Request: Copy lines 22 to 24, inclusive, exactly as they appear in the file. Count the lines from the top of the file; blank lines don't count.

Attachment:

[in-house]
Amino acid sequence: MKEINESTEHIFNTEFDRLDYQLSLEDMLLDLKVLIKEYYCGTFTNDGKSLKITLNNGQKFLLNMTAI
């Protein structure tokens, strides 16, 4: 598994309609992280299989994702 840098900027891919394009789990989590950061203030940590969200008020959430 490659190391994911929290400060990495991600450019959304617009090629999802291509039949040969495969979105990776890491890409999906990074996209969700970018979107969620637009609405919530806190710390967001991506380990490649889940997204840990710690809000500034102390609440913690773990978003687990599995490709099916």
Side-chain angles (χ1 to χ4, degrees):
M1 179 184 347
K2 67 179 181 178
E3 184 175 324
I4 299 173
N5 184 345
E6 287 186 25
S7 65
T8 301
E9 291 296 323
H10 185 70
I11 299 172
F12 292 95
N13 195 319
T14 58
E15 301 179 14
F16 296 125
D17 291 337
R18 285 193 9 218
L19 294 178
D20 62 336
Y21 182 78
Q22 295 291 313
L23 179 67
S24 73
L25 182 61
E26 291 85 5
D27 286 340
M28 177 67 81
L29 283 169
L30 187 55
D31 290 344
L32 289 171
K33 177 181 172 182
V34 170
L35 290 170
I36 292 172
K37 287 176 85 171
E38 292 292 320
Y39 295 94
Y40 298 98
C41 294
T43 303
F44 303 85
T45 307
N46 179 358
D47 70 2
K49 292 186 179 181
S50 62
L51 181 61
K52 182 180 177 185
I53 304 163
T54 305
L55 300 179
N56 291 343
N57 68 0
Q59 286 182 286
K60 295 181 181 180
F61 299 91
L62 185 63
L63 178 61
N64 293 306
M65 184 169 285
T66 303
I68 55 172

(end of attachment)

R18 285 193 9 218
L19 294 178
D20 62 336